He’d met the love of his life at age eight.
This will make very little sense, I promise.
I really, REALLY want to give this a three. Because there's a lot to appreciate about a book serving a predictable, schmaltzy storyline (which I'm a sucker for) with the visible effort to avoid the go-to pitfalls of this cliche-infested genre. The love triangle, the slut shaming, the insta-love were all thankfully missing from this novel.
But I just can't.
At it’s core Lex and Lu had the usual suspects and familiar ingredients of a Marchetta contemporary: two families intertwined, childhood friends to lovers to distant strangers, the second chances they are given, the devastating secret, the meddling parents, the secondary love story between the heroine’s sister, Willa and the hero’s brother, Pete. Hell, somebody even dies.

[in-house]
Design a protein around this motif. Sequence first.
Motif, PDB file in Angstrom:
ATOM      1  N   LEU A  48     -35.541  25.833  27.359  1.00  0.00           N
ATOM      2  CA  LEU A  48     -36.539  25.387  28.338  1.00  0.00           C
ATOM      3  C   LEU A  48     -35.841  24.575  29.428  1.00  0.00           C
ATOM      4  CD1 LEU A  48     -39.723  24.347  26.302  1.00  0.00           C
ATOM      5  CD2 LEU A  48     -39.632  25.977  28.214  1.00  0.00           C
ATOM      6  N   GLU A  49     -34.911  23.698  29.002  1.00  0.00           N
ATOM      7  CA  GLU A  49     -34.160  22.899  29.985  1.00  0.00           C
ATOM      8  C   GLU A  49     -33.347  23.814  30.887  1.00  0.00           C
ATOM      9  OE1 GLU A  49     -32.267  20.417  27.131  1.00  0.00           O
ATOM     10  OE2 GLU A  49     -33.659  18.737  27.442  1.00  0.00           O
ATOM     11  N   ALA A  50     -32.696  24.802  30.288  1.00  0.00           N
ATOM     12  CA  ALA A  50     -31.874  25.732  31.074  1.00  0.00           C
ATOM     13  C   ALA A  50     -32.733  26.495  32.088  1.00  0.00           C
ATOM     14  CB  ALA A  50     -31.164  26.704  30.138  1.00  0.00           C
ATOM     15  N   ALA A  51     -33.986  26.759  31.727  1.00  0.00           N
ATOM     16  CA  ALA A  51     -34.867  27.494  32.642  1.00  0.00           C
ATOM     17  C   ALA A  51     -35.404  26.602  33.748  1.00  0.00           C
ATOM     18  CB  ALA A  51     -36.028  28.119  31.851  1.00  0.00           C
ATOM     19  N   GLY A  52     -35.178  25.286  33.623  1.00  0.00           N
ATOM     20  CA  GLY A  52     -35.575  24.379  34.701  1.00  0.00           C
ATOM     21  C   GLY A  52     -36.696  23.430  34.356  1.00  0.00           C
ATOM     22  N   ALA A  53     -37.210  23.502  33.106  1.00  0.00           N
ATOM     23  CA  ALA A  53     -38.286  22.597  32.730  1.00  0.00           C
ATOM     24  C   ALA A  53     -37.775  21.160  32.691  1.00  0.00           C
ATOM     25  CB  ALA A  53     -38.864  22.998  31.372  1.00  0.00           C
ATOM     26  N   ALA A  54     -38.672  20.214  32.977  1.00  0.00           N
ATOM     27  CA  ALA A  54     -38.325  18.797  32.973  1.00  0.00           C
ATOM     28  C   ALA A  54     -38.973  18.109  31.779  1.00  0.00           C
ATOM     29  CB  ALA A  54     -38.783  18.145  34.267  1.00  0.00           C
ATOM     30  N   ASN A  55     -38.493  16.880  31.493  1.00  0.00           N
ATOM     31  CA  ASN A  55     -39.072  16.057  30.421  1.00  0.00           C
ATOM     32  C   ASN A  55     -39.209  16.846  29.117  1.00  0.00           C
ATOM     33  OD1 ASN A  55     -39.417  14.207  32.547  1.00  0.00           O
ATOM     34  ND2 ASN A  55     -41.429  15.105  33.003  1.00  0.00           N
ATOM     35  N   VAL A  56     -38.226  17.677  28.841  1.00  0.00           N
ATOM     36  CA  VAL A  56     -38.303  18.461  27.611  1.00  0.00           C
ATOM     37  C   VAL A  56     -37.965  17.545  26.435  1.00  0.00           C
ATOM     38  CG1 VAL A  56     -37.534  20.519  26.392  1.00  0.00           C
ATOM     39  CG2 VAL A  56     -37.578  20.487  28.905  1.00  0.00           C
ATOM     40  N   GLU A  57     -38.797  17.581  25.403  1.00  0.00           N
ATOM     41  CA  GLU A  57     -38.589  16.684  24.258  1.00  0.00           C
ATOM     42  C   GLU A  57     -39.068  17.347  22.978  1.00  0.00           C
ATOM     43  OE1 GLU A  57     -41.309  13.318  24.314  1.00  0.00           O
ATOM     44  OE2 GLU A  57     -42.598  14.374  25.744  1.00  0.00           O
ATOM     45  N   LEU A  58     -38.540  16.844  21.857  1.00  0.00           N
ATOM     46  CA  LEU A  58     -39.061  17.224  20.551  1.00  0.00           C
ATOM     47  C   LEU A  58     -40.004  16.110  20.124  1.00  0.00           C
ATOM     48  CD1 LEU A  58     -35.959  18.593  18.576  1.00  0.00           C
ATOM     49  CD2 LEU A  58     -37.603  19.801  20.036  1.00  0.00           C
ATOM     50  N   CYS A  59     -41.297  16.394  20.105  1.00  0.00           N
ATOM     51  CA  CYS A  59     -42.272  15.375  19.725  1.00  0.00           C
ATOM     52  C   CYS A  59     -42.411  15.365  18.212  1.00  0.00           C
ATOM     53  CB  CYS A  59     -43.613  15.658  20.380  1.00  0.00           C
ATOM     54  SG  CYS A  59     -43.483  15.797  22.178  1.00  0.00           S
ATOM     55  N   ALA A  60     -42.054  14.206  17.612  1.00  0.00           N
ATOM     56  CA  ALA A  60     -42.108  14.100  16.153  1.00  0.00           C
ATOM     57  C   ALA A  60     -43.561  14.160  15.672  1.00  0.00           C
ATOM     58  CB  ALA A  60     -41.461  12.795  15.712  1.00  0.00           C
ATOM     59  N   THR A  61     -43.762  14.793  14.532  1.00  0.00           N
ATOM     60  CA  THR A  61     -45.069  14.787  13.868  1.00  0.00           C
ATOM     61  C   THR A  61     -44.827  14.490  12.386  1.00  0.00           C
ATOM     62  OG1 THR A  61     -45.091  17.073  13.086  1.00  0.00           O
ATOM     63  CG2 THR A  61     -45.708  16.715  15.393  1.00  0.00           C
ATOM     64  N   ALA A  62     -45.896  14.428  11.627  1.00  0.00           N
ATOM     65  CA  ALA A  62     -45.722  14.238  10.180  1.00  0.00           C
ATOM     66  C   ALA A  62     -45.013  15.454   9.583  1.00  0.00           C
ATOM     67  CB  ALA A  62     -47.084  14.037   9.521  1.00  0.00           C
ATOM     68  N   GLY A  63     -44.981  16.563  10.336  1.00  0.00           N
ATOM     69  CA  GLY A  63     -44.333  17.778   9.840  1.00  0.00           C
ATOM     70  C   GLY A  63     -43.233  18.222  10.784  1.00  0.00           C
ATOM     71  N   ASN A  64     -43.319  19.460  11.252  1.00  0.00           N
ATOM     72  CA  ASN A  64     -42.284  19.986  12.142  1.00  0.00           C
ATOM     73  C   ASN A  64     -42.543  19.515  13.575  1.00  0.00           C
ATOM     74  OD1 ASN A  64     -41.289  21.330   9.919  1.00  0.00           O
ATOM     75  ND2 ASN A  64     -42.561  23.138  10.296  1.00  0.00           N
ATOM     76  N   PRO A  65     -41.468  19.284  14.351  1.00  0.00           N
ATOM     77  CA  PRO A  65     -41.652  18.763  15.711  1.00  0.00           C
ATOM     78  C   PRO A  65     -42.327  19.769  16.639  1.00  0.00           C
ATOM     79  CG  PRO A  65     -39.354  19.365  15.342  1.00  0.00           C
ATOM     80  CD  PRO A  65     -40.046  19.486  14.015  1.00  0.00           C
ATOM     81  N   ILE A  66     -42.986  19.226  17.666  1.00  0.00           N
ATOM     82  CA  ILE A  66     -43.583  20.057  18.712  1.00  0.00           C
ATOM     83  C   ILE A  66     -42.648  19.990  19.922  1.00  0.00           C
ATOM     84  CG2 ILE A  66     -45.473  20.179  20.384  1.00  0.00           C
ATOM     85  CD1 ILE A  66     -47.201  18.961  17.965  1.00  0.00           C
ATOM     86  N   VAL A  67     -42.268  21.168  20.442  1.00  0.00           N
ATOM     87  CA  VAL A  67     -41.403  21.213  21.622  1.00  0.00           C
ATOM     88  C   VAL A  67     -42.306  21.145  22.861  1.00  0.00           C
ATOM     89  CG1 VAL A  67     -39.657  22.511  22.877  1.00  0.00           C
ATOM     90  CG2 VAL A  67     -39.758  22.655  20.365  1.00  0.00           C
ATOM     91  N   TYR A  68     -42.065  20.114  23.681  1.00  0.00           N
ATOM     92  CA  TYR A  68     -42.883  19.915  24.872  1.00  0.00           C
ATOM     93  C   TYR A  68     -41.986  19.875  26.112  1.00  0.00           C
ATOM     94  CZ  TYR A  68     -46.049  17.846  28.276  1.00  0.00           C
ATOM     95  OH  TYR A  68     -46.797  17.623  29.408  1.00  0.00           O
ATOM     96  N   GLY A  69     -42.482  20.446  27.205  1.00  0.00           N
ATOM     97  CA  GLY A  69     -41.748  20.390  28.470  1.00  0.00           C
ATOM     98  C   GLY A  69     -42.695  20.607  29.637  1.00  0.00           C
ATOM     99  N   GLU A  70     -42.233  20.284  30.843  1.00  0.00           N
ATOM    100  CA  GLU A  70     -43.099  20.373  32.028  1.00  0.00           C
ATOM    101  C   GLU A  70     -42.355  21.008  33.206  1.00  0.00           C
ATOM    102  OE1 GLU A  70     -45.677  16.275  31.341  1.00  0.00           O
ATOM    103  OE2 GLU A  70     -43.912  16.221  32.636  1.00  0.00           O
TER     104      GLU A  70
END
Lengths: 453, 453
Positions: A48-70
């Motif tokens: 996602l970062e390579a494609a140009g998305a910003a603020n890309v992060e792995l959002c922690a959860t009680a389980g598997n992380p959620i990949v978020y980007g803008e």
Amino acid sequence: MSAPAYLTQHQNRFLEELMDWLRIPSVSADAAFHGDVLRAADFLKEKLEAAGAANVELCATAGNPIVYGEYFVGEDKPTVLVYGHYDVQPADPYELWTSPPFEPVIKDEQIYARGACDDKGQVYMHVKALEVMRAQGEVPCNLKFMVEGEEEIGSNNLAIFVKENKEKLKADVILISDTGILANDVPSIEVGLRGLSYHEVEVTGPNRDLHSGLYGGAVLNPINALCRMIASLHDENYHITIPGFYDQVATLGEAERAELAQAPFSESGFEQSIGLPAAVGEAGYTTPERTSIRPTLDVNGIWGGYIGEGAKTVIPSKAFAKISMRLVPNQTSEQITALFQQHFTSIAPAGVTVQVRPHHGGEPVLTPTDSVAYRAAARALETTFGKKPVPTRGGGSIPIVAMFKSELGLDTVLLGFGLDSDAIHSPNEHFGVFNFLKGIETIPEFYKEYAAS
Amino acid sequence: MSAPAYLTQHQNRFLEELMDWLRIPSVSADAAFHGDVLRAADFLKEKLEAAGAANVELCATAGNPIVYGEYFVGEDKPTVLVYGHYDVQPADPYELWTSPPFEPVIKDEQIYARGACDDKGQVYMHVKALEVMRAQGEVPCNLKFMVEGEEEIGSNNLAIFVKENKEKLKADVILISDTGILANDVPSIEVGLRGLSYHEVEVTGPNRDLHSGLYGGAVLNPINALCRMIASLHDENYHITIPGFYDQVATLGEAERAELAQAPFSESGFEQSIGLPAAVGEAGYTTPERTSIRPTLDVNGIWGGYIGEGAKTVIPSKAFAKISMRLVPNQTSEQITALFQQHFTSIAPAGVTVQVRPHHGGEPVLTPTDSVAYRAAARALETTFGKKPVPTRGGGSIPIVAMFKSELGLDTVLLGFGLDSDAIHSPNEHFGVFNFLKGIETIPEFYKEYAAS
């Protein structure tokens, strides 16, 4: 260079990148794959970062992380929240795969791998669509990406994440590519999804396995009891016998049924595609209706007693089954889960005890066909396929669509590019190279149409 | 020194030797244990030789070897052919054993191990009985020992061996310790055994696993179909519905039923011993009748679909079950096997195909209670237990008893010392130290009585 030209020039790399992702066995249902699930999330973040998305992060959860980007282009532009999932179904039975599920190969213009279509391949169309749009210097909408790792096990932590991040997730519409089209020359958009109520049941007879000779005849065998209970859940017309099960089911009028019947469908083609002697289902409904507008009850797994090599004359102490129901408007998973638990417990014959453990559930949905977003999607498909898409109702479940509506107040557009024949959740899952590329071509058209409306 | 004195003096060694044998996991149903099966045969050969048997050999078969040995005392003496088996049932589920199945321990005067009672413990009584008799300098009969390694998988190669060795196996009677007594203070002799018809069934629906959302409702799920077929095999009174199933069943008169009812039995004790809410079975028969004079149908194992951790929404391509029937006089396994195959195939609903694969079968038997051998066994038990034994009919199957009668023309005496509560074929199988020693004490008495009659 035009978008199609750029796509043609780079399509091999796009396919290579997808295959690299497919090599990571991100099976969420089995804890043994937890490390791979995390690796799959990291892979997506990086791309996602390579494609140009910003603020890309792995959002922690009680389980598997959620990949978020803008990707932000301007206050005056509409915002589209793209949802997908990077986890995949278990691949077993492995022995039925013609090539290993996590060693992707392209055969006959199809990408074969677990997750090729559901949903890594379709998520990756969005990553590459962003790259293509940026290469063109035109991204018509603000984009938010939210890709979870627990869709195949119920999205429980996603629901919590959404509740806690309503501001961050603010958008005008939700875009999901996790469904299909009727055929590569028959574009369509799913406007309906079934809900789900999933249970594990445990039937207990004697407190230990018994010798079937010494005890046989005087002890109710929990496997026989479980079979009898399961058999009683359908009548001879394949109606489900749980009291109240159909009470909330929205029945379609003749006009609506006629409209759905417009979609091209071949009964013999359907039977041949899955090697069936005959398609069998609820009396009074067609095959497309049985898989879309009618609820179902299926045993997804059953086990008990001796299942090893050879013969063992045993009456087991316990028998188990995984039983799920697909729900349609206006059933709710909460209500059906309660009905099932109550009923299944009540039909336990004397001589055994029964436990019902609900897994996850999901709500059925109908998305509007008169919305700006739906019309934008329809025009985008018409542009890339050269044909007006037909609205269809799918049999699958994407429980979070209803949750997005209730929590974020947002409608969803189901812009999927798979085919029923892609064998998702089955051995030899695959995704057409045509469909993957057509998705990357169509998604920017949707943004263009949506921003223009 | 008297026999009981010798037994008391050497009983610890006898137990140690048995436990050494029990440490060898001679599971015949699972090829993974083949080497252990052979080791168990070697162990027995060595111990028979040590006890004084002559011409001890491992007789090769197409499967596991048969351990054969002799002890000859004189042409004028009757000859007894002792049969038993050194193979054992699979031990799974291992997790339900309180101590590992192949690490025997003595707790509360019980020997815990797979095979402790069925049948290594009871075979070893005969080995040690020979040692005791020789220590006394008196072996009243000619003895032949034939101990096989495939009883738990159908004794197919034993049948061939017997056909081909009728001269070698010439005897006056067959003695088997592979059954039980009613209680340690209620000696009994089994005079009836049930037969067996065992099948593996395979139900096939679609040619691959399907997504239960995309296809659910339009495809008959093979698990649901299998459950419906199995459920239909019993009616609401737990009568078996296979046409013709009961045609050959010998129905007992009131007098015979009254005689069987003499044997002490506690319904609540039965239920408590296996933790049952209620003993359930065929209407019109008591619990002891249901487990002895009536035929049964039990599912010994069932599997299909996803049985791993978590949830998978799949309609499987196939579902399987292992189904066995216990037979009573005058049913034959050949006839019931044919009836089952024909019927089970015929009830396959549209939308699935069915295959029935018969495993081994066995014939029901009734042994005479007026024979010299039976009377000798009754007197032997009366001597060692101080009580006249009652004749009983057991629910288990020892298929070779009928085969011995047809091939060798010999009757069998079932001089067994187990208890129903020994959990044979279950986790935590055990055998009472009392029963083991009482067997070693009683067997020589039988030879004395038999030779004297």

Except everyone’s an asshole to Lex and he does a very good job at being an asshole back.
And everyone’s telling me Lu’s this intellectual brainiac because she has a doctorate on something something psychology and uses big words like ‘antiquated’ in regular conversations.
But I’m getting ahead of myself.